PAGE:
WIUM Tristates Public Radio

Women Undervalued in the Workplace

Feb 6, 2013

Ninety-two years ago this week, the author of “The Feminine Mystique” and cofounder of the National Organization for Women, Betty Friedan, was born in Peoria. Decades later, working women are more financially vital than ever to families, but they continue to struggle at inferior wages, and single moms are especially hard hit, according to two recent studies.

Bill Knight

U.S. households increasingly depend on wives’ income – at the highest level of reliance in years, according to research from the Carsey Institute at the University of New Hampshire.

In Illinois, more than 2.8 million women are employed statewide, according to the Census Bureau. Of those, about 620,000 are heads of households; more than 330,000 female heads of households have children younger than 18 at home.

During the early years of the financial crisis, in 2008 and 2009, employed wives’ contributions to total family earnings jumped from 45 percent to 47 percent – the largest one-year increase in 23 years, said Kristin Smith, a Carsey demographer, and that percentage stayed steady since.

She said, “Many families have lost ground due to diminished savings, housing values, and retirement accounts. Thus, it is critical to pay attention to the implications of wives as breadwinners.”

Working families were stressed before the Great Recession, burdened by increased time spent working, inflexible workplaces that haven’t kept pace with changing families, and the lack of policy supports, Smith continued.

Smith added, “The massive job losses during the 18 months of the Great Recession – primarily in male-dominated industries such as manufacturing and construction, coupled with sluggish job growth during the recovery – have left many families with lower earnings and have placed an unprecedented importance on wives’ earnings.”

More Americans than ever – 46.2 million people – now live in poverty, the Census Bureau says, and a full-time minimum-wage job isn’t enough to break out of the poverty cycle. It’s worse for women, who earn 77 cents for every dollar men earn, according to the Labor Department.

King Davis of the University of Texas, which issued a report by Dr. Shetal Vohra-Gupta and a team of researchers, said, “Wages that do not provide women with the ability to meet their needs is a major national problem that is often ignored. The absence of a living wage greatly limits their ability to sustain themselves and their families, or get out of poverty.”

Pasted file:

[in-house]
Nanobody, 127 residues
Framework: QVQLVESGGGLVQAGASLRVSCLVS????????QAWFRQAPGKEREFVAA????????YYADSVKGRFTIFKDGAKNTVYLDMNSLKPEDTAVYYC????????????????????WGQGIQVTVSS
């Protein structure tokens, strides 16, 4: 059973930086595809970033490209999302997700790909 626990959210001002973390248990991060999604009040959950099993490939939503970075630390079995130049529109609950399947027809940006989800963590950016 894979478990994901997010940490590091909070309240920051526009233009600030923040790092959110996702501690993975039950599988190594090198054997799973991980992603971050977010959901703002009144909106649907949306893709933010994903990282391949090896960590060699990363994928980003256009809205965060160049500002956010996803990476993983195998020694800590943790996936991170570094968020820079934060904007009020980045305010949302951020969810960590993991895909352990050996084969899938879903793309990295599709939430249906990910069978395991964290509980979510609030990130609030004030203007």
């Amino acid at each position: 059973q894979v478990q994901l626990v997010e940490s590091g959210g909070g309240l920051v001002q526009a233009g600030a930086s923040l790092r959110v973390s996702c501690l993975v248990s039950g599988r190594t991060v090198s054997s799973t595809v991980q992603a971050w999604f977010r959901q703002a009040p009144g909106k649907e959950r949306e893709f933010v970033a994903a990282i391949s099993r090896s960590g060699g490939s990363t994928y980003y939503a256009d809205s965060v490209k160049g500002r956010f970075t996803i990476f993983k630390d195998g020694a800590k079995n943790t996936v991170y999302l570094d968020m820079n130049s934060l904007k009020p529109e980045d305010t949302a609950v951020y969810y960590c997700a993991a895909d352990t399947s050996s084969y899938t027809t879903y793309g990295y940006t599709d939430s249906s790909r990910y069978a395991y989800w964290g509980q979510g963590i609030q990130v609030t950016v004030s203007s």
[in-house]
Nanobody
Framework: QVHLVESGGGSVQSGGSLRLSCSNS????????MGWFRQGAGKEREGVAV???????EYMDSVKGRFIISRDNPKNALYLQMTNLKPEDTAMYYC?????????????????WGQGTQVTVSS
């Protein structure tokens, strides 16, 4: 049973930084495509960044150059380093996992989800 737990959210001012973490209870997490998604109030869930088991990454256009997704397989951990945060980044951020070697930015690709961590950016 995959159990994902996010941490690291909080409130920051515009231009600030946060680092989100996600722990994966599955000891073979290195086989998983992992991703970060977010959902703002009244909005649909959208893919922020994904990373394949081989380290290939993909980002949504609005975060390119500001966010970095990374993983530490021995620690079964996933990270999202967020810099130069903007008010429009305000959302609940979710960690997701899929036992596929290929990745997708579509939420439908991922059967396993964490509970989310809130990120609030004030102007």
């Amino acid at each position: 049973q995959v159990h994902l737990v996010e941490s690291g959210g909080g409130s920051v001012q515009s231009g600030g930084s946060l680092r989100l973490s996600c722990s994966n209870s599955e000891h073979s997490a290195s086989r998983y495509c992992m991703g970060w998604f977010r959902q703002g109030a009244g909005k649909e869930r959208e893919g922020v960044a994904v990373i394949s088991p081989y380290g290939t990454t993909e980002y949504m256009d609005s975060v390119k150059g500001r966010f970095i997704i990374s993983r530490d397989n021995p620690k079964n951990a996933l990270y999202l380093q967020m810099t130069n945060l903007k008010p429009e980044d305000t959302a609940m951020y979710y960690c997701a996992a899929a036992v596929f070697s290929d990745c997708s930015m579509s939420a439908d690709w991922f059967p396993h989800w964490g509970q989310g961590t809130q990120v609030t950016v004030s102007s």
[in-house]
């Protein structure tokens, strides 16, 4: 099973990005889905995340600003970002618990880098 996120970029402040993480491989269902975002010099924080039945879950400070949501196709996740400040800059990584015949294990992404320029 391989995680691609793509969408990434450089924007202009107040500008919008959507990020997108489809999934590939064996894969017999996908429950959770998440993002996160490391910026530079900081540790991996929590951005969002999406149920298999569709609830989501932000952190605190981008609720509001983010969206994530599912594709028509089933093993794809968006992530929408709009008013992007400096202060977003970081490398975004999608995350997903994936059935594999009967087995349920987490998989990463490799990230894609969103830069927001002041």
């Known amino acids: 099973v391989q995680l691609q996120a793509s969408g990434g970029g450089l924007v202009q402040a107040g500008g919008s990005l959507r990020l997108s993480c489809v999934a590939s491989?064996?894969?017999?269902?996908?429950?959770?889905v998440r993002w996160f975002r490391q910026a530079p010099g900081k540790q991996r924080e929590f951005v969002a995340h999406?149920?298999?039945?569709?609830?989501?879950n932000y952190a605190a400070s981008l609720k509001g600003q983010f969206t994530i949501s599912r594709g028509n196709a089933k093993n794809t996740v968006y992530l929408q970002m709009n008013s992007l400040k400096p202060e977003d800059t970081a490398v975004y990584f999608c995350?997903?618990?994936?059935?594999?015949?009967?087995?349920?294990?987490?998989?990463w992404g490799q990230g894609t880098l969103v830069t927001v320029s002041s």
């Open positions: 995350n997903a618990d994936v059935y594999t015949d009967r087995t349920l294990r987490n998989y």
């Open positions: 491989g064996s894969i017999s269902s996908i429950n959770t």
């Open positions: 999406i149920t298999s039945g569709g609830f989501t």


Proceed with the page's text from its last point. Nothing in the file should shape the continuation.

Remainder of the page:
To rise above the poverty threshold ($18,123 for one adult with two kids, according to the Census), a single mother raising two children and working full time would need to earn at least $348 a week, or $8.71 an hour. The federal minimum wage is $7.25 an hour; Illinois’ minimum wages is $8.25 an hour.

Smith, from New Hampshire, said, “Policies to support working families – such as paid sick leave and paid family medical leave, affordable quality child care, livable wages, and measures that increase workplace flexibility – could help reduce the work and family conflict that many men and women experience. In addition, there is an obvious need for continued job creation, continued support for long-term unemployment, and expanded public assistance and food stamps to help families during this economic recovery.”

Davis, at Texas, underscored the need for government to do something, saying, “Low-wage earners cannot participate fully in the economy, thus lowering the overall economic health of their neighborhoods and communities. Dr. Vohra-Gupta identifies that where race, low education and limited skills combine, the risks of long-term poverty for the women and their children requires policy action by a Congress that is intent on eliminating rather than increasing the worth of entitlements.”

Bill Knight is a freelance writer. His newspaper columns are archived at billknightcolumn.blogspot.com

The opinions expressed in this commentary are not necessarily those of Tri States Public Radio or Western Illinois University.